“Knowledge of Power” – Reason 93 of 100 to Conclude that Edward de Vere was “Shakespeare”

The title of this reason to believe the Earl of Oxford wrote the works of “Shakespeare” comes from Oxfordian colleague Mark Alexander’s power point presentation Shakespeare and Oxford: 25 Curious Connections. Despite the pull of traditional biography away from the royal court, one of the first things to notice is that this dramatist writes from the vantage point of an insider at the center of official policy, one who knows how and when to use the levers of power.

Oxford bears the Sword of State for Elizabeth I

Oxford bears the Sword of State for Elizabeth I

Edward de Vere lived at the center of Elizabethan political life from at least age twelve in 1562, when he became a royal ward of Elizabeth at the London home of her chief minister, William Cecil, the most powerful man in England. [Actually he had lived at the center from boyhood, as the son and heir of England’s highest-ranking earl, and then studying under his first tutor, Thomas Smith, a future Secretary of State.] In 1571 he entered the House of Lords and immediately became an intimate of the Queen, continuing in her highest favor for at least a decade.

In late 1580 he discovered that his erstwhile Catholic friends and/or associates were involved in a plot to overthrow Elizabeth and accused them (correctly) of conspiracy to commit treason. He knew these men of power – their thoughts and emotions, their fears, as they took him into their confidence and eventually tipped their hand. We might imagine him writing at night, his quill pen scratching the page in the candlelight as the words of Brutus come forth:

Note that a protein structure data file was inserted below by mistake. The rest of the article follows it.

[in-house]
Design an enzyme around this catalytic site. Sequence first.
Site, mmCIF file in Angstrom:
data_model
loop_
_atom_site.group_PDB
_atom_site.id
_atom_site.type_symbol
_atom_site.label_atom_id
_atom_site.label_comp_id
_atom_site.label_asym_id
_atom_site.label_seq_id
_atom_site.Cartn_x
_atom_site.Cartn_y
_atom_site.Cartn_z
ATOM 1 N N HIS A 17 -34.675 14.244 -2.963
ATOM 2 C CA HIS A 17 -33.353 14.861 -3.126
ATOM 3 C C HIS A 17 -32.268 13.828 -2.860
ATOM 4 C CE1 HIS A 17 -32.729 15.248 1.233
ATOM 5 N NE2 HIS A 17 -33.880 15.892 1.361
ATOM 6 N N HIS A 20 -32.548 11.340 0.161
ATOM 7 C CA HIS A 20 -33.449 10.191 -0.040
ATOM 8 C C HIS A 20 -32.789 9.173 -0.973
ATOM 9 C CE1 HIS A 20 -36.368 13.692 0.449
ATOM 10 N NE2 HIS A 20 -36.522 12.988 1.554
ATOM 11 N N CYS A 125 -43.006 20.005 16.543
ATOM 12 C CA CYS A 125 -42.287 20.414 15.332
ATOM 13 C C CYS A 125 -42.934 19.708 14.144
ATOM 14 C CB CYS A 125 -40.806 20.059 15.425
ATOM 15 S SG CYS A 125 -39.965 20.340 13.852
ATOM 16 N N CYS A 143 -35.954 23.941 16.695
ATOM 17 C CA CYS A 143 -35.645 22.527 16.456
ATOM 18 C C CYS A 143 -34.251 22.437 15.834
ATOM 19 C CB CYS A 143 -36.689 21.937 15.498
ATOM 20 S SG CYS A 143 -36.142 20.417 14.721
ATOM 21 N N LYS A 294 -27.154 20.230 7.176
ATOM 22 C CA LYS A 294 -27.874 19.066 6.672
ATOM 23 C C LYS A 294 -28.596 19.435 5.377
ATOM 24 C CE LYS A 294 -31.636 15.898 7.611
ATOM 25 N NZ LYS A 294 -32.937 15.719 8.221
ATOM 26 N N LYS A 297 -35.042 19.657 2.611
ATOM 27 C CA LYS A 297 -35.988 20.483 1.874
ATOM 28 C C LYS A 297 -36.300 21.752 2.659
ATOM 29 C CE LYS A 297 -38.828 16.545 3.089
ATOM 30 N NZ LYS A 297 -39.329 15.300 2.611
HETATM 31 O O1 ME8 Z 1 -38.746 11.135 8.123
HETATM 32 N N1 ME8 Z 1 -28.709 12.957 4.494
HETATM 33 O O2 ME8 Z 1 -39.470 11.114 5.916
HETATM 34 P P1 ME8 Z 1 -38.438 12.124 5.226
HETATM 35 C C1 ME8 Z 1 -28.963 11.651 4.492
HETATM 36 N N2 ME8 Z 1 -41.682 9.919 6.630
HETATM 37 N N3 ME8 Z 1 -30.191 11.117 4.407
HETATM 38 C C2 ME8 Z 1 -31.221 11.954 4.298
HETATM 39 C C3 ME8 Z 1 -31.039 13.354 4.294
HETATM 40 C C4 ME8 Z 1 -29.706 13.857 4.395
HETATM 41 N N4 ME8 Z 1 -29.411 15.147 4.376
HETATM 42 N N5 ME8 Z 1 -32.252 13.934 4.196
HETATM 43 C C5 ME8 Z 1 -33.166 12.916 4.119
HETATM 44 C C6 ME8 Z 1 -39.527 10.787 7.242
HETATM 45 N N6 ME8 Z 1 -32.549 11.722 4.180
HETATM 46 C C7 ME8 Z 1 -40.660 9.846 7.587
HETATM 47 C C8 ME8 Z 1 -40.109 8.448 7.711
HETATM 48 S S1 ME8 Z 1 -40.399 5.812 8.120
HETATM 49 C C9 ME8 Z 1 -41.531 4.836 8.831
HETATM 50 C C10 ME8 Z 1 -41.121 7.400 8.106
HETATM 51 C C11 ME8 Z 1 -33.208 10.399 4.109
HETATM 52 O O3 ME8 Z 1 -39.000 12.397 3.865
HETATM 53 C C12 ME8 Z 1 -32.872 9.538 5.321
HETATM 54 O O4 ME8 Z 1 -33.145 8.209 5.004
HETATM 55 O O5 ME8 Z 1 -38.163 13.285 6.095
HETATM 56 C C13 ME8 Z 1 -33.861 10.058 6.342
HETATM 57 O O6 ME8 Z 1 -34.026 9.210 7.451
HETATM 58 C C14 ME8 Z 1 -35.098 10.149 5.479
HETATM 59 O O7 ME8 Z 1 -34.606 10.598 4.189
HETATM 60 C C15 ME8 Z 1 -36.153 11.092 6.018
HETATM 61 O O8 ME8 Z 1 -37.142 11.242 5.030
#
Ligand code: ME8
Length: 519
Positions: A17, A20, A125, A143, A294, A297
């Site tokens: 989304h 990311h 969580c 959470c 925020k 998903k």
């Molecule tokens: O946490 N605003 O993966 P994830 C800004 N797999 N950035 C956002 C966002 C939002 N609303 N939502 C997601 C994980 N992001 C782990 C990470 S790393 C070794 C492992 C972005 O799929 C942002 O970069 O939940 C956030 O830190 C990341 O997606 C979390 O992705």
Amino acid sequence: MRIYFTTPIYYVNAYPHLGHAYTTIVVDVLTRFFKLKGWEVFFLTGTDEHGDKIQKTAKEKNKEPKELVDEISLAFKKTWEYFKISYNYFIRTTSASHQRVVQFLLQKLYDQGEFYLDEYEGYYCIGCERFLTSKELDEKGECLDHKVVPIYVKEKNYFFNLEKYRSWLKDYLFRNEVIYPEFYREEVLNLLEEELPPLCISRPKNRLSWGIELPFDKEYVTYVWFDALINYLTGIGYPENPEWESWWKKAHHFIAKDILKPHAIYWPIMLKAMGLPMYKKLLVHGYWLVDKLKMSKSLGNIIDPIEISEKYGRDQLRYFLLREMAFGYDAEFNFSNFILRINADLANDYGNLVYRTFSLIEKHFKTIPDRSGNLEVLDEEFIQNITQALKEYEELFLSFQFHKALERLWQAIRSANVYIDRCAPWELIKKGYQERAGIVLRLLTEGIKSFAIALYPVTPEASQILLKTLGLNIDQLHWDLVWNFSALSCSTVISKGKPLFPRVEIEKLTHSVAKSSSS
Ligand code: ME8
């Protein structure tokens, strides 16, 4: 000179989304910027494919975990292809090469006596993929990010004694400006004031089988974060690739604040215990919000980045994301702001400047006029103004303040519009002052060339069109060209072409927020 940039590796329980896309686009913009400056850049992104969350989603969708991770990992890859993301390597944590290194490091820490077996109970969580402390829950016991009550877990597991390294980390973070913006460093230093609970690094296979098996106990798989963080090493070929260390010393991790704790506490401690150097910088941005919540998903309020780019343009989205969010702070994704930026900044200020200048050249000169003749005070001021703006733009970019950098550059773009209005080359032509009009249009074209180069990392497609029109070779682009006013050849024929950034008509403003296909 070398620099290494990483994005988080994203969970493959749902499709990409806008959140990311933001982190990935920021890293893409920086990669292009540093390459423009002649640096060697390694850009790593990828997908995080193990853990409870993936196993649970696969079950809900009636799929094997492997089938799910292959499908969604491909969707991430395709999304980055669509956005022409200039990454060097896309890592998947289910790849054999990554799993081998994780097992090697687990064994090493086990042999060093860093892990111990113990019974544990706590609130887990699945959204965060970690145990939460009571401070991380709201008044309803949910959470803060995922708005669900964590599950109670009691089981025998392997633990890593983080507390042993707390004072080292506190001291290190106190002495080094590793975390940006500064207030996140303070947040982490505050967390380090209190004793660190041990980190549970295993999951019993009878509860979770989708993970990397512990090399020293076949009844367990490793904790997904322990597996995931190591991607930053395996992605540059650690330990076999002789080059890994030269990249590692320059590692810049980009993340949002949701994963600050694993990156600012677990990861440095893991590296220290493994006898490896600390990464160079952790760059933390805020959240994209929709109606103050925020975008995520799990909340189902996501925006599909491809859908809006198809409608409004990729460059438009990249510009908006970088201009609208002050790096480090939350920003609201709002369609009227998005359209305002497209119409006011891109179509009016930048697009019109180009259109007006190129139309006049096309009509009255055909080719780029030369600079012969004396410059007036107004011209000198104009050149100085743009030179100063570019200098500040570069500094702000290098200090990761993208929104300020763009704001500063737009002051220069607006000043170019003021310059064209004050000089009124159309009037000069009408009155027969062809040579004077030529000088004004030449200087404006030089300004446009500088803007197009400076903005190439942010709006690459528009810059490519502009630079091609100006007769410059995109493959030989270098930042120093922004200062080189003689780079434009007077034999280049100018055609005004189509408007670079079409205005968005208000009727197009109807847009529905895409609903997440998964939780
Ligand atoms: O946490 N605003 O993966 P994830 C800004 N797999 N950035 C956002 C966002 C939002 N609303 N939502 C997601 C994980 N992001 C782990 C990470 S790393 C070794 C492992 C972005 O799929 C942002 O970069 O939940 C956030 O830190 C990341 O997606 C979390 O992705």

Since Cassius first did whet me against Caesar,
I have not slept.
Between the acting of a dreadful thing
And the first motion, all the interim is
Like a phantasma, or a hideous dream:
The genius and the mortal instruments
Are then in council; and the state of man,
Like to a little kingdom, suffers then
The nature of an insurrection.


Edward de Vere had close-up knowledge of power and real-life political intrigues of the kind to be found not just in Julius Caesar but also in King John, Henry V, Richard II, Richard III, Macbeth, King Lear, Hamlet and so many other Shakespearean plays. In 1586, amid heavy wartime spending, Elizabeth granted him a lifetime pension in the extraordinary amount of one thousand pounds. After the 1588 defeat of King Philip’s armada, Oxford left court life; and in less than five years, poems and plays began appearing by an invisible author named “Shakespeare,” who possessed a remarkably keen knowledge of the uses of power.

“Oxford had frequent access to Court, an insider’s experience with Elizabeth, the machinations of foreign heads of states and ambassadors, and fawning courtiers,” Mark Alexander writes in his presentation. “He saw power manifested in a variety of corruptions. Furthermore, being raised as a ward in Cecil’s household, and given his noble position, Oxford would have been exposed to the absolute center of England’s power.”

One of the books about Shakespeare & politics

One of the books about Shakespeare & politics